The invention will now be described in further detail referring to the accompanying drawings, wherein:

FIG. 1 is a block diagram of a press-to-talk type transceiver using a source voltage drop detecting circuit according to the present invention;

FIGS. 2(a) through (d) are waveforms observed at respective portions of FIG. 1;

FIGS. 3(a) through (b) are examples of the respective internal resistance and voltage characteristics of nickel-cadmium (Ni-Cd) battery being used in the circuit of FIG. 1; and

FIGS. 4(a) and (b) are examples of the respective internal resistance and voltage characteristics of a manganese (Mn) dry cell being used in the circuit of FIG. 1.

FIG. 5 is a block diagram of a press-to-talk type transceiver using another source voltage drop detecting circuit according to the present invention.

DETAILED DESCRIPTION OF THE INVENTION

Referring to FIG. 1, a transmitter 3 and a receiver 4 are alternatively connected to battery 1 through a press-to-talk switch 2. When the switch 2 is in the right-hand position, the transceiver is in the receiving mode and when it is in the left-hand position, the transceiver is in the transmitting mode. A voltage comparator 5 compares a reference voltage produced by a zener diode 6 and a resistor 15, to a voltage obtained from the battery terminal through voltage dividing resistors 13 and 14, and provides a logic "1" level output when the zener reference voltage is higher. The ratio of voltage dividing resistors 13 and 14 is so selected that when the battery terminal voltage drops below the minimum operating voltage of the transmitter, the compartor provides the logic "1" level. A pulse generator 7 produces pulses of significantly small duty cycle, e.g., tens of milliseconds at intervals of tens of seconds. The pulses turn transistor 8 on so that current flows through a dummy load resistor 9. The value of resistor 9 is so selected that the sum of the current through resistor 9 and the current drawn by the receiver 4 be approximately equal to the current drawn by the transmitter 3.

A D-type flip-flop 10 samples and stores the output of the voltage comparator 5 under the control of pulse generator 7. The Q output terminal from the flip-flop 10 is connected to the base of transistor 11 through resistor 17. An LED (Light Emitting Diode) 12 is connected to the collector of the transistor 11. When the logic "1" level appears at the Q output terminal, the transistor 11 is biased on and activates LED 12 to provide an alert signal indicating a voltage drop in the battery. The resistors 16 and 18 are current limiters.

FIG. 2 shows waveforms at respective portions of the circuit of FIG. 1. The ordinates in FIGS. 2(a) through (d) represent voltage while the abscissas represent time. FIG. 2(a) generally represents the terminal voltage of the battery 1, the solid line showing values of voltage in the receiving mode. If the press-to-talk switch 2 is depressed, the battery terminal voltage drops as shown by the broken line (transmit mode). The one-dot chain line indicates the minimum operating voltage of the transmitter. FIG. 2(b) shows the output of the pulse generator 7; (c), the output of the comparator 5; and (d), the output of the flip-flop 10.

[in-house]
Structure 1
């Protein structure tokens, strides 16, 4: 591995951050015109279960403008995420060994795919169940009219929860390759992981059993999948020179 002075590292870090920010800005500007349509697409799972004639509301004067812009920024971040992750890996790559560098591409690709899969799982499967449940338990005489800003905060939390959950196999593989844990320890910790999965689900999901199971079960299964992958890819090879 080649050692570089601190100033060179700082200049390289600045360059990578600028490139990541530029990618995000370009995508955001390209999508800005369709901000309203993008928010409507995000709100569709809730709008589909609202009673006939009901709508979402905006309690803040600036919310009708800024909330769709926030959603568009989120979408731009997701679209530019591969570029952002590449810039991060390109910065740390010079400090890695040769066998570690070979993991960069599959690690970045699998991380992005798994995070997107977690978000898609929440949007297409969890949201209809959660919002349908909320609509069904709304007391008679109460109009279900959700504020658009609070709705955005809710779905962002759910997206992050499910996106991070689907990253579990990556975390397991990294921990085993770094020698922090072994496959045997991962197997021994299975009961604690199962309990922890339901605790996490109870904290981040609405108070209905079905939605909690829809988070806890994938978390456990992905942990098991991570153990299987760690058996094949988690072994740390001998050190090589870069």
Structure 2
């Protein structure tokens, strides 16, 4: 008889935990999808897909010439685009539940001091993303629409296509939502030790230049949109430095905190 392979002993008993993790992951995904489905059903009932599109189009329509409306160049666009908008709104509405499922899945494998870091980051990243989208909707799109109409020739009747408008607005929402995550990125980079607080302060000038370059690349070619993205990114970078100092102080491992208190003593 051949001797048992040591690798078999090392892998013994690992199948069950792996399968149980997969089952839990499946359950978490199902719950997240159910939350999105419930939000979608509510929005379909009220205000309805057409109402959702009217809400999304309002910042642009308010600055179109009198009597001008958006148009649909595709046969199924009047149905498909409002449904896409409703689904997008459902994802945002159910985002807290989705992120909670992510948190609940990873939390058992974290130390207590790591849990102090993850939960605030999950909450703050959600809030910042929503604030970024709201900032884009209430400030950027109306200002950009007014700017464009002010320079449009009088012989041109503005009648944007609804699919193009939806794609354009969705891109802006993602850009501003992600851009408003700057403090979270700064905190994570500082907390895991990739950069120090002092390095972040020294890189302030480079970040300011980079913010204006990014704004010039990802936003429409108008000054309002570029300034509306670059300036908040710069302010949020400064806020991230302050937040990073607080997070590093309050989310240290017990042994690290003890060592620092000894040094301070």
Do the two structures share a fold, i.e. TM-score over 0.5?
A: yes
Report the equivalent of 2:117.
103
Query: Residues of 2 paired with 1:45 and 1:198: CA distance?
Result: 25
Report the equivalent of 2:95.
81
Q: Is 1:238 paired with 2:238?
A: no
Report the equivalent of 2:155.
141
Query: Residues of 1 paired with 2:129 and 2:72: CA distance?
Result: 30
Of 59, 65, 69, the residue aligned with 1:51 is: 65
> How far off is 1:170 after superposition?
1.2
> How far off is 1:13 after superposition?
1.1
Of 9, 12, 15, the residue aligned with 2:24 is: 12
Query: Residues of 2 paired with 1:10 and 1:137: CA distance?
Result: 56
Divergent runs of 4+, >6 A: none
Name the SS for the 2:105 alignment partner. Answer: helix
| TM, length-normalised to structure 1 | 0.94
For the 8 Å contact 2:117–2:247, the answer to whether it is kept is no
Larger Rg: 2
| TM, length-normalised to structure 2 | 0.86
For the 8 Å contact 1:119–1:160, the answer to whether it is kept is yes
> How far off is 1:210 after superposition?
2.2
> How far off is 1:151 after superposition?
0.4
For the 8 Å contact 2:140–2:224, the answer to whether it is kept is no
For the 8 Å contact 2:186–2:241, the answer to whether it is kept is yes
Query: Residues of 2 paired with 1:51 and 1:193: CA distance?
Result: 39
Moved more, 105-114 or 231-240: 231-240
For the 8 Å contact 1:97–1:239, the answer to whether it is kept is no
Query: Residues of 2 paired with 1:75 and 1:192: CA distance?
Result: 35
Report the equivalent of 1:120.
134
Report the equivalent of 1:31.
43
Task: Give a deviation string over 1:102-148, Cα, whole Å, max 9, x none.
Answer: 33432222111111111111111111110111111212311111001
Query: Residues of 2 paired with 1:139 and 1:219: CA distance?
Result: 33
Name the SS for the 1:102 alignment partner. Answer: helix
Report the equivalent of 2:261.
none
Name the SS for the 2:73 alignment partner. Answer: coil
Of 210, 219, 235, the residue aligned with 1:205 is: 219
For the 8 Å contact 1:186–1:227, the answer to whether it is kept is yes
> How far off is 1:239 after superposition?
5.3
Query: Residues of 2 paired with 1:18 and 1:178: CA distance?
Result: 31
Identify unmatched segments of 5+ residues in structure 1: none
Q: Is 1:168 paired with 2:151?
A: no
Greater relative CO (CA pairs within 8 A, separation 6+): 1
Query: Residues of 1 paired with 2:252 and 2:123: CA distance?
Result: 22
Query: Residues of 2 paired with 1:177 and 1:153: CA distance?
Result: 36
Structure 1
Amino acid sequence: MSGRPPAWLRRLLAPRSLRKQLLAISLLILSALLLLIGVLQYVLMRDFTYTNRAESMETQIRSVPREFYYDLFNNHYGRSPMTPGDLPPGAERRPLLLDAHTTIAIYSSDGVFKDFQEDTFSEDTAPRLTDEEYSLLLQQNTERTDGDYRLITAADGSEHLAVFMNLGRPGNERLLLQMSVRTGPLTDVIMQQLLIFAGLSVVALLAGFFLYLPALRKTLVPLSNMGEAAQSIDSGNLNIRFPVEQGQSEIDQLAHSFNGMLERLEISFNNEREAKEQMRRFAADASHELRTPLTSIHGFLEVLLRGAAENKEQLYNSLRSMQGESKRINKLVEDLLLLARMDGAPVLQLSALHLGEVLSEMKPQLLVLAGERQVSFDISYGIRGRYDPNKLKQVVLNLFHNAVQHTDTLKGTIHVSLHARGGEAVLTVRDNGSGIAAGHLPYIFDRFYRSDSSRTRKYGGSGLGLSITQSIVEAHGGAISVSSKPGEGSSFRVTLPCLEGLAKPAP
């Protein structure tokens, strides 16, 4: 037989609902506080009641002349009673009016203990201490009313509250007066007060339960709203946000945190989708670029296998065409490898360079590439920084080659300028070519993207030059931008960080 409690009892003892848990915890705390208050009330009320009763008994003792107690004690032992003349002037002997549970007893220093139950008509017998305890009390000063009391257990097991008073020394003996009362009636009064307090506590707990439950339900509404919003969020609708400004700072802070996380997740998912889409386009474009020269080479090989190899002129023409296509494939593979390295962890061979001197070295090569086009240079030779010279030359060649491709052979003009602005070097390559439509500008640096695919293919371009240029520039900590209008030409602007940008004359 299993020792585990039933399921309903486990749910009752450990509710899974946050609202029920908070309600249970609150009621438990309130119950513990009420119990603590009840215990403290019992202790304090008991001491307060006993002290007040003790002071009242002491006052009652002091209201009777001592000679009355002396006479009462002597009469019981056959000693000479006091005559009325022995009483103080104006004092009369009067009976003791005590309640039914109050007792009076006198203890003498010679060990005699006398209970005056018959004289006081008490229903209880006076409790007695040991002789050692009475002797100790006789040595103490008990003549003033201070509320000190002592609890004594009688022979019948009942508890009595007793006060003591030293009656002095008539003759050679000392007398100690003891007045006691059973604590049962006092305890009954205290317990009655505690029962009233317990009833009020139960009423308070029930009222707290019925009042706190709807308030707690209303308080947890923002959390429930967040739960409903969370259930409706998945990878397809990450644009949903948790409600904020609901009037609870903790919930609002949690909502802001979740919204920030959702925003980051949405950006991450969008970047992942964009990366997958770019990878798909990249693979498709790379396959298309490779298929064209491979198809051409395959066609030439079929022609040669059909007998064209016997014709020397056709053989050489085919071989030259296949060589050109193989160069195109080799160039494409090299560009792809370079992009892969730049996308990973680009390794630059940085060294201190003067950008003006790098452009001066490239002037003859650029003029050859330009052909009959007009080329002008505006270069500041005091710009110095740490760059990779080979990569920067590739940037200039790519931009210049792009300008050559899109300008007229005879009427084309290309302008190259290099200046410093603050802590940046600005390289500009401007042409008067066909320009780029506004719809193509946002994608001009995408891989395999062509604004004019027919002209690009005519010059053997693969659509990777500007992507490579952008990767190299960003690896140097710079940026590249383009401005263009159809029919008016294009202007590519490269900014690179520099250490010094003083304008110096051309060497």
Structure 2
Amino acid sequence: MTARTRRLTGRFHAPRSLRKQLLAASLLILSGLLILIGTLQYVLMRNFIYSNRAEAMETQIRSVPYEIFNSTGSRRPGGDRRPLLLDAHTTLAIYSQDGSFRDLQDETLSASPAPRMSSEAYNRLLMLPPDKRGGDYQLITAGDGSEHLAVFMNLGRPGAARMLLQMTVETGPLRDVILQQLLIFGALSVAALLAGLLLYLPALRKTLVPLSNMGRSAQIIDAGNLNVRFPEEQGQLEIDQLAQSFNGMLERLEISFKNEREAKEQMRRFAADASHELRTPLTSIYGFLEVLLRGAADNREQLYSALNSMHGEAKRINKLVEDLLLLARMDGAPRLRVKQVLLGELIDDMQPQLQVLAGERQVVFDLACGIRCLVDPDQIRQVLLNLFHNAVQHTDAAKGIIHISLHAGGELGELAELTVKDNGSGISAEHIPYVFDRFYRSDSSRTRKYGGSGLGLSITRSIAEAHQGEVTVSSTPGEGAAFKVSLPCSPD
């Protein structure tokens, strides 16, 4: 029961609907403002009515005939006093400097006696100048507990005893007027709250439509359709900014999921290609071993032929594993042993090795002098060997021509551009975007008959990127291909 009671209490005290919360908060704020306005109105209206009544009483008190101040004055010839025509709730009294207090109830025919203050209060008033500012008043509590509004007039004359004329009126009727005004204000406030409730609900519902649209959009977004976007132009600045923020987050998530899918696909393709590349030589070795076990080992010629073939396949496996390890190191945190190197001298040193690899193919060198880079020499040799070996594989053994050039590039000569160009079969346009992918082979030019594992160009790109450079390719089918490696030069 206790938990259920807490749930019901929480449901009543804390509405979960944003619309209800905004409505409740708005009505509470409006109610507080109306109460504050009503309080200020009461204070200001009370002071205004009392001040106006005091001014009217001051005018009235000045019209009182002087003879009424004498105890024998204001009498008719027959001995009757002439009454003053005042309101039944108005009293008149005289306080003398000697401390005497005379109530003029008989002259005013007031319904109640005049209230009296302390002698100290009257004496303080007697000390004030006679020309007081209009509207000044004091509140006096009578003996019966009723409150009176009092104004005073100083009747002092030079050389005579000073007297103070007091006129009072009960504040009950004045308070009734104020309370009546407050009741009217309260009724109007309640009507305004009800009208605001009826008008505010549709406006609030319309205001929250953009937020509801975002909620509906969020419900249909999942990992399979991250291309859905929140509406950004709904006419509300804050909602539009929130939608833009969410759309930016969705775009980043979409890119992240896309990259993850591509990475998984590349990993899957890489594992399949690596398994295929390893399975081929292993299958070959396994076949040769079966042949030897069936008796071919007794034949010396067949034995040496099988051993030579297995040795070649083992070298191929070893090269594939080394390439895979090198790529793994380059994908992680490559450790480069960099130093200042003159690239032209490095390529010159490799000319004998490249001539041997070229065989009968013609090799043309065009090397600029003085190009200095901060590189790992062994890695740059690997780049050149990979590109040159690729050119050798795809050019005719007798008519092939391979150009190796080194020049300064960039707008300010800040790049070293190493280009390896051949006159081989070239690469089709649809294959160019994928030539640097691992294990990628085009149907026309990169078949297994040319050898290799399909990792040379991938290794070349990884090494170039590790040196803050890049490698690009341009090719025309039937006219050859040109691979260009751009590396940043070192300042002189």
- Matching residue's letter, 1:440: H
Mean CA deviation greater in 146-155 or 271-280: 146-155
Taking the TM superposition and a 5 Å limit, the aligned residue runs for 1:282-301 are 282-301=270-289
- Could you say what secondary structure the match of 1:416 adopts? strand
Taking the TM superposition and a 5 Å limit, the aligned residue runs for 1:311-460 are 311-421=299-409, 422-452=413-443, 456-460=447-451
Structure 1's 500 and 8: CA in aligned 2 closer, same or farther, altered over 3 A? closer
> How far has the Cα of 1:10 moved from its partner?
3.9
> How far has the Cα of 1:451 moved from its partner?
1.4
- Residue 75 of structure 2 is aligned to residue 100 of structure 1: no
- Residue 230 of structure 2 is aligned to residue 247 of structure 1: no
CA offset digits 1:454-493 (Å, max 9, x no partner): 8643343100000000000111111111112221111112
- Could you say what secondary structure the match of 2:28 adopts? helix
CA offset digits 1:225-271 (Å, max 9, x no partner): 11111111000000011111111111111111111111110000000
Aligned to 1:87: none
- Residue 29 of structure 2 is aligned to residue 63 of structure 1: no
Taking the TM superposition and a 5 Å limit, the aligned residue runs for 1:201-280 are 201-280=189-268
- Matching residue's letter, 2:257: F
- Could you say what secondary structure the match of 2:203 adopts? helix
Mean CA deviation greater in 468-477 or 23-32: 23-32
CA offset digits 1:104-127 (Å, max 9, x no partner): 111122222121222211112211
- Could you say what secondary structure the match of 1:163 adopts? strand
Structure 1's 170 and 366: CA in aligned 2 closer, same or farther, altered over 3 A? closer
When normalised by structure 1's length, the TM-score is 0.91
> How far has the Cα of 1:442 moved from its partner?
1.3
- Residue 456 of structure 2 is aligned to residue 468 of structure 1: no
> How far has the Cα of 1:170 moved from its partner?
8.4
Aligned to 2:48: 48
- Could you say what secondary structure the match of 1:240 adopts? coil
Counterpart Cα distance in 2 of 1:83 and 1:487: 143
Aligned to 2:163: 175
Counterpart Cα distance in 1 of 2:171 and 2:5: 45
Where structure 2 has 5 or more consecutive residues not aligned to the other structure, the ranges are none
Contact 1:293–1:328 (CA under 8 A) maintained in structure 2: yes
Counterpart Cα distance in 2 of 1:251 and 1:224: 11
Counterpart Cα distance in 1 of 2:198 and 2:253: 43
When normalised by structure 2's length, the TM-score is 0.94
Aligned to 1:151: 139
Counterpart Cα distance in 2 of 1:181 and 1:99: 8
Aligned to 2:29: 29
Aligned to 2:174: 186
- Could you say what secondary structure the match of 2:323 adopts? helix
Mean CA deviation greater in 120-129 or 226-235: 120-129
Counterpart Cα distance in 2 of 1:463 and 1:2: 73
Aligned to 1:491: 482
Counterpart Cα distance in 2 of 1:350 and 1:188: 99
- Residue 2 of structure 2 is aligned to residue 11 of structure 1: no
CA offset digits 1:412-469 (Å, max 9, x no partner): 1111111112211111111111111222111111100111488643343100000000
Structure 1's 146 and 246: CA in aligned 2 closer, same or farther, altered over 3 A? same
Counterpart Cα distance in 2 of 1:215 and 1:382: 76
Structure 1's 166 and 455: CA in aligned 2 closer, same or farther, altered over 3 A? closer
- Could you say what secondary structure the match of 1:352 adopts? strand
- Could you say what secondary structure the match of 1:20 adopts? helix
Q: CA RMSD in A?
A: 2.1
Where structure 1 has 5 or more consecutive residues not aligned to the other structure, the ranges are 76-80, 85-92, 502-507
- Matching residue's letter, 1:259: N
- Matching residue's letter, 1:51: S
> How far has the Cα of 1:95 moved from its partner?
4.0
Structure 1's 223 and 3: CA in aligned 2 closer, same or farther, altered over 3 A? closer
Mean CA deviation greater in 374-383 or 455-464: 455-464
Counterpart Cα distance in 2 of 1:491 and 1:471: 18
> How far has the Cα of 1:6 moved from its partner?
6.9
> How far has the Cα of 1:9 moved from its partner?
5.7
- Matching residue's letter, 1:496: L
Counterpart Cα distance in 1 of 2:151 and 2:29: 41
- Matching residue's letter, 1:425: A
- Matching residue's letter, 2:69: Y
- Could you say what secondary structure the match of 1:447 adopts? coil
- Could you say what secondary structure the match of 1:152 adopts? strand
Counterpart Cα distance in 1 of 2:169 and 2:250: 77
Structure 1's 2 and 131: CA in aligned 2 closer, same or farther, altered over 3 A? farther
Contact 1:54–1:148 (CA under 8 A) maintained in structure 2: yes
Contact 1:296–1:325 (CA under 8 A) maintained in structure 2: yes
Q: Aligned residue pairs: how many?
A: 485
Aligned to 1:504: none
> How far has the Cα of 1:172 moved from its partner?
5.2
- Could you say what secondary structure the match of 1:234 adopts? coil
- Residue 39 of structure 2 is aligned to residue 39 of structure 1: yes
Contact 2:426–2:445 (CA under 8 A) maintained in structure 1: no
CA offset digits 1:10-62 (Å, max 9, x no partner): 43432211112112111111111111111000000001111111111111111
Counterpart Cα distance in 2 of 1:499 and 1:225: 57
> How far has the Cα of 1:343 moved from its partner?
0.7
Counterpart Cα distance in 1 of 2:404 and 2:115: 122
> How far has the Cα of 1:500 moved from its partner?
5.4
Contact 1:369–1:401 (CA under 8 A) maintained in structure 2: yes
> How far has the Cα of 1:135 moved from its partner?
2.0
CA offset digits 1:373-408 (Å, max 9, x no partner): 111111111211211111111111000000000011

In the detecting circuit the transistor 8 is biased on under the control of pulses from the pulse generator 7 as shown in FIG. 2 so that even in the receiving mode the battery 1 must provide the load current approximately equal to that in the transmit mode. The output of the comparator 5 at that time is sampled and stored in the flip-flop 10. Accordingly, if the battery is exhausted to the extent that transmission is impossible, the transistor 11 will be activated by the output of flip-flop 10 as shown in FIG. 2(d) to energize the LED 12 which provides an alert while the transceiver is in the receive mode.

Thus, the detecting circuit of the invention can detect, whether the battery is too depleted to drive heavy loads, irrespective of the battery's internal resistance and even during the period of a light load operation. This does, however, result in a slight increase in the depletion rate of the battery.

For example, it is assumed that the transceiver uses ten batteries in serial connection, which batteries may alternatively be Mn dry cells or Ni-Cd batteries. It is also assumed that the consumption of power in the transceiver is rated at 100 mA in the receiving mode and 500 mA in the transmitting mode, and the minimum operating voltage is 10 V. Ni-Cd batteries are first considered. Ten of such Ni-Cd batteries in serial connection have an initial voltage of 12 V and an initial internal resistance of about 2Ω, the internal resistance increases and the voltage decreases with time as the batteries are used as shown in FIGS. 3(a) and (b), respectively. In FIG. 3(a), the battery internal resistance amounts to 4Ω after a lapse of 6 hours. At this point, the terminal voltage may be represented by:

12 V-(100 mAŚ4Ω)=11.6 V,